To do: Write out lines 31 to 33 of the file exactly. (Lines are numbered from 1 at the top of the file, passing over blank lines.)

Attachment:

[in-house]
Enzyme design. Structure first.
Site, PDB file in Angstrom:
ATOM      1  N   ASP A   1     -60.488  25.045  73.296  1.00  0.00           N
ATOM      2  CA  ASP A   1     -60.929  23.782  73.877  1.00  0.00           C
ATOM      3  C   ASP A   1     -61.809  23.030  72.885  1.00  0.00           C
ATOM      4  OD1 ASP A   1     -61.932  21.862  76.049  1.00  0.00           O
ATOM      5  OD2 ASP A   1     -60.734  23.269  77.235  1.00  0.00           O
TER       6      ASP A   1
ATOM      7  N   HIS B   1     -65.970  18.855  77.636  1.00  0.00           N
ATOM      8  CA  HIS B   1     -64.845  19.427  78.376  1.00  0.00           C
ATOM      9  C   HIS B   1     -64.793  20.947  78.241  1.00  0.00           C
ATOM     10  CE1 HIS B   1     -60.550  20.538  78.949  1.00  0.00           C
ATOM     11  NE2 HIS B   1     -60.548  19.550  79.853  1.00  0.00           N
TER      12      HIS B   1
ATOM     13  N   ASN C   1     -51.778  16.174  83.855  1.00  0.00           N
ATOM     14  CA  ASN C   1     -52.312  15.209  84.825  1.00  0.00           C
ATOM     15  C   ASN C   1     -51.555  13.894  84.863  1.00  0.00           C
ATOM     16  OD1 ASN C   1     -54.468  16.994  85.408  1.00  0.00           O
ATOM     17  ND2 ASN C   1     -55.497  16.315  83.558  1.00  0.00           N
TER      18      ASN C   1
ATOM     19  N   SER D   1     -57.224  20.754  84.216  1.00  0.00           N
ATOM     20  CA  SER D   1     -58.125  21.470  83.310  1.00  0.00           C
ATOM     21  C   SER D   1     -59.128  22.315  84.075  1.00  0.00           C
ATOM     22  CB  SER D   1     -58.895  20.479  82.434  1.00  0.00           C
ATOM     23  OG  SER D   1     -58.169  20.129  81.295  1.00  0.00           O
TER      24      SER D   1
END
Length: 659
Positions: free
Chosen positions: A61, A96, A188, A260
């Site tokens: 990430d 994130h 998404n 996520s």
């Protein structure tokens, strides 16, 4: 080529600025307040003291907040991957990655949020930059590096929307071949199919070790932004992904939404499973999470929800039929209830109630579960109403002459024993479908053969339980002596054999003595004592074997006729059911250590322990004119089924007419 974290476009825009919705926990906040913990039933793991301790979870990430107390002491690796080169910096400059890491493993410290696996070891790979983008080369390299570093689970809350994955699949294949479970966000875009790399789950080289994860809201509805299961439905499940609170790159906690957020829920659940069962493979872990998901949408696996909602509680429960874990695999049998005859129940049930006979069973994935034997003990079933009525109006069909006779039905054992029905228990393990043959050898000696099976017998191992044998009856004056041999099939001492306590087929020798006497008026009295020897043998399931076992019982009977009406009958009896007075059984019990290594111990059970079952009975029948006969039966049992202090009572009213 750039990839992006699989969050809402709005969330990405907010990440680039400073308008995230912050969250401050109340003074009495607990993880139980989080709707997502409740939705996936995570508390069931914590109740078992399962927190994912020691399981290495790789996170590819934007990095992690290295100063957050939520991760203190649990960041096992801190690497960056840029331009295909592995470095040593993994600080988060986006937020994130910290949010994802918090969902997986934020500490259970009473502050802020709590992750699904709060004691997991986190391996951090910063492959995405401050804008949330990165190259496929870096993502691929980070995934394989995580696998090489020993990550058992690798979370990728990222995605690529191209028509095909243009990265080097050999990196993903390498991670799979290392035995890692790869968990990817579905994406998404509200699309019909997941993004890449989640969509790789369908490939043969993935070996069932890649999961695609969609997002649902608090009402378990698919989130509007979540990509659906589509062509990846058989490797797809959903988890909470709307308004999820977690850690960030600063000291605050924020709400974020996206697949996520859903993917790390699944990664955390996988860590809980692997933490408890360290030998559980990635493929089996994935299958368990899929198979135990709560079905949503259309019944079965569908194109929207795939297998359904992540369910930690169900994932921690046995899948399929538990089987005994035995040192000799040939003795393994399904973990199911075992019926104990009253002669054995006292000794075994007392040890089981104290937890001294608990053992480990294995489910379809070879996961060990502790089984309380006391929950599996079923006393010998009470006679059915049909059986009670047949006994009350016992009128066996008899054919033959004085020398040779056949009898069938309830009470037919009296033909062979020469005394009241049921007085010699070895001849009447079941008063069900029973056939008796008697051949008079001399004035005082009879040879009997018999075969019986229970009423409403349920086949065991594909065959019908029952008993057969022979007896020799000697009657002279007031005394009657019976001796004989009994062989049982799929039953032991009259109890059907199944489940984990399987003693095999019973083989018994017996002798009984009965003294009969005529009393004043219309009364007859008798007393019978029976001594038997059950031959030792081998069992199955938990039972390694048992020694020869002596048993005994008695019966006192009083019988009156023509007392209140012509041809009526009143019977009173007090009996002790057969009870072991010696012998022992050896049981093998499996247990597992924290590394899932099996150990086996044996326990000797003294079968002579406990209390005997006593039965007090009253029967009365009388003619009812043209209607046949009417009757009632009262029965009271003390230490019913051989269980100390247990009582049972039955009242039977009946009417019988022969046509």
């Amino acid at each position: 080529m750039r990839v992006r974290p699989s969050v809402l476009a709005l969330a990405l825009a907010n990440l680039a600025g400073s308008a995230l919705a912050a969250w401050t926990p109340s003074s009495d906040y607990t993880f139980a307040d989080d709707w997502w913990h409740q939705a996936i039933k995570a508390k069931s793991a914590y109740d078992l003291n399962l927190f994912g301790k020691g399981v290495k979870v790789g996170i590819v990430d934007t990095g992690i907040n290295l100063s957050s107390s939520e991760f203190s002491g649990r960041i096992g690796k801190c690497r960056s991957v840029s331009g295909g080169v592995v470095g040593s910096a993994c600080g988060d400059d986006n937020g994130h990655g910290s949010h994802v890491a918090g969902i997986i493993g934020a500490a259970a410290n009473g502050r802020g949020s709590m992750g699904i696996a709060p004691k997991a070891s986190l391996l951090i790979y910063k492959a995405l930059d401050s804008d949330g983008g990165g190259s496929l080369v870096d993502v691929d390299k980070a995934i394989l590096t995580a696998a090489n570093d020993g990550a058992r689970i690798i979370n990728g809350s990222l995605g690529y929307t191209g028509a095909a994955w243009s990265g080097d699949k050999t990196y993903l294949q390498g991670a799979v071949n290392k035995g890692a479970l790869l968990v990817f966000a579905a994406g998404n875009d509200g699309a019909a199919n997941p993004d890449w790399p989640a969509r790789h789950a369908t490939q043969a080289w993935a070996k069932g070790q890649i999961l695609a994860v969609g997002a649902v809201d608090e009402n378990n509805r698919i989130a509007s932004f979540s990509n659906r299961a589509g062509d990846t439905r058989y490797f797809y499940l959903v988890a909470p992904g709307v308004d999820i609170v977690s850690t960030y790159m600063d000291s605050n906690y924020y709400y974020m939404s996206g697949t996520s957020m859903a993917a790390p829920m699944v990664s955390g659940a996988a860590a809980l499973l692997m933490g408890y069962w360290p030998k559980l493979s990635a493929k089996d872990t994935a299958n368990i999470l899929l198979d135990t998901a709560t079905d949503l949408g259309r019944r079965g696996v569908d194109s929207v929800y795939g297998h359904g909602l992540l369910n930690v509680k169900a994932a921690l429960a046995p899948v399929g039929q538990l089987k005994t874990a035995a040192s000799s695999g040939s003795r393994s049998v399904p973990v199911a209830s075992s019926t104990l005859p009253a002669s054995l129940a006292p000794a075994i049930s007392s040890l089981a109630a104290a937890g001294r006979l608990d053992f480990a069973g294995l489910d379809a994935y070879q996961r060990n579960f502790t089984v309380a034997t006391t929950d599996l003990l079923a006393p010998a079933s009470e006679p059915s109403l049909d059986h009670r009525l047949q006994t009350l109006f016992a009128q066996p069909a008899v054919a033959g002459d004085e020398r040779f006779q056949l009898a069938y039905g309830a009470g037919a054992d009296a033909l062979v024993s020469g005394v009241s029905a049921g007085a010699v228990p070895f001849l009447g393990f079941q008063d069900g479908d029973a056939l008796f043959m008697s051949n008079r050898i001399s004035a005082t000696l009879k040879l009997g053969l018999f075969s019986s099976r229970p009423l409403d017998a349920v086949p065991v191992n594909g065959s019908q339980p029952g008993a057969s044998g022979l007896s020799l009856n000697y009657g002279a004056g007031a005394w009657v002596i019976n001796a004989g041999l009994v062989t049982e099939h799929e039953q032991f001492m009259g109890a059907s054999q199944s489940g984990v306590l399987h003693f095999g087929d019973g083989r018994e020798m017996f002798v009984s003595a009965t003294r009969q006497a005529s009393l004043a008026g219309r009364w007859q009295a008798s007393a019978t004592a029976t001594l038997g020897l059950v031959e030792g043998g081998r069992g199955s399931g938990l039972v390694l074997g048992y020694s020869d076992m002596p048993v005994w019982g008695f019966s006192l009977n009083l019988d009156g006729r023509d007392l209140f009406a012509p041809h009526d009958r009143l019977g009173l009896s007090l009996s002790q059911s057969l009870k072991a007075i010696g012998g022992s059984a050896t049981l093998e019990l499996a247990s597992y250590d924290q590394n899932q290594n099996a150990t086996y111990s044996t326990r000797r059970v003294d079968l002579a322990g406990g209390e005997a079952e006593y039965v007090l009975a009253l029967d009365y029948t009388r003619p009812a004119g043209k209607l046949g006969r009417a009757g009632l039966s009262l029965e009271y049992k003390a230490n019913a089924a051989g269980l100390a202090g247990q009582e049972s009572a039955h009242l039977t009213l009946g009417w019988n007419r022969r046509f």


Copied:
Chosen positions: A61, A96, A188, A260
């Site tokens: 990430d 994130h 998404n 996520s």
């Protein structure tokens, strides 16, 4: 080529600025307040003291907040991957990655949020930059590096929307071949199919070790932004992904939404499973999470929800039929209830109630579960109403002459024993479908053969339980002596054999003595004592074997006729059911250590322990004119089924007419 974290476009825009919705926990906040913990039933793991301790979870990430107390002491690796080169910096400059890491493993410290696996070891790979983008080369390299570093689970809350994955699949294949479970966000875009790399789950080289994860809201509805299961439905499940609170790159906690957020829920659940069962493979872990998901949408696996909602509680429960874990695999049998005859129940049930006979069973994935034997003990079933009525109006069909006779039905054992029905228990393990043959050898000696099976017998191992044998009856004056041999099939001492306590087929020798006497008026009295020897043998399931076992019982009977009406009958009896007075059984019990290594111990059970079952009975029948006969039966049992202090009572009213 750039990839992006699989969050809402709005969330990405907010990440680039400073308008995230912050969250401050109340003074009495607990993880139980989080709707997502409740939705996936995570508390069931914590109740078992399962927190994912020691399981290495790789996170590819934007990095992690290295100063957050939520991760203190649990960041096992801190690497960056840029331009295909592995470095040593993994600080988060986006937020994130910290949010994802918090969902997986934020500490259970009473502050802020709590992750699904709060004691997991986190391996951090910063492959995405401050804008949330990165190259496929870096993502691929980070995934394989995580696998090489020993990550058992690798979370990728990222995605690529191209028509095909243009990265080097050999990196993903390498991670799979290392035995890692790869968990990817579905994406998404509200699309019909997941993004890449989640969509790789369908490939043969993935070996069932890649999961695609969609997002649902608090009402378990698919989130509007979540990509659906589509062509990846058989490797797809959903988890909470709307308004999820977690850690960030600063000291605050924020709400974020996206697949996520859903993917790390699944990664955390996988860590809980692997933490408890360290030998559980990635493929089996994935299958368990899929198979135990709560079905949503259309019944079965569908194109929207795939297998359904992540369910930690169900994932921690046995899948399929538990089987005994035995040192000799040939003795393994399904973990199911075992019926104990009253002669054995006292000794075994007392040890089981104290937890001294608990053992480990294995489910379809070879996961060990502790089984309380006391929950599996079923006393010998009470006679059915049909059986009670047949006994009350016992009128066996008899054919033959004085020398040779056949009898069938309830009470037919009296033909062979020469005394009241049921007085010699070895001849009447079941008063069900029973056939008796008697051949008079001399004035005082009879040879009997018999075969019986229970009423409403349920086949065991594909065959019908029952008993057969022979007896020799000697009657002279007031005394009657019976001796004989009994062989049982799929039953032991009259109890059907199944489940984990399987003693095999019973083989018994017996002798009984009965003294009969005529009393004043219309009364007859008798007393019978029976001594038997059950031959030792081998069992199955938990039972390694048992020694020869002596048993005994008695019966006192009083019988009156023509007392209140012509041809009526009143019977009173007090009996002790057969009870072991010696012998022992050896049981093998499996247990597992924290590394899932099996150990086996044996326990000797003294079968002579406990209390005997006593039965007090009253029967009365009388003619009812043209209607046949009417009757009632009262029965009271003390230490019913051989269980100390247990009582049972039955009242039977009946009417019988022969046509």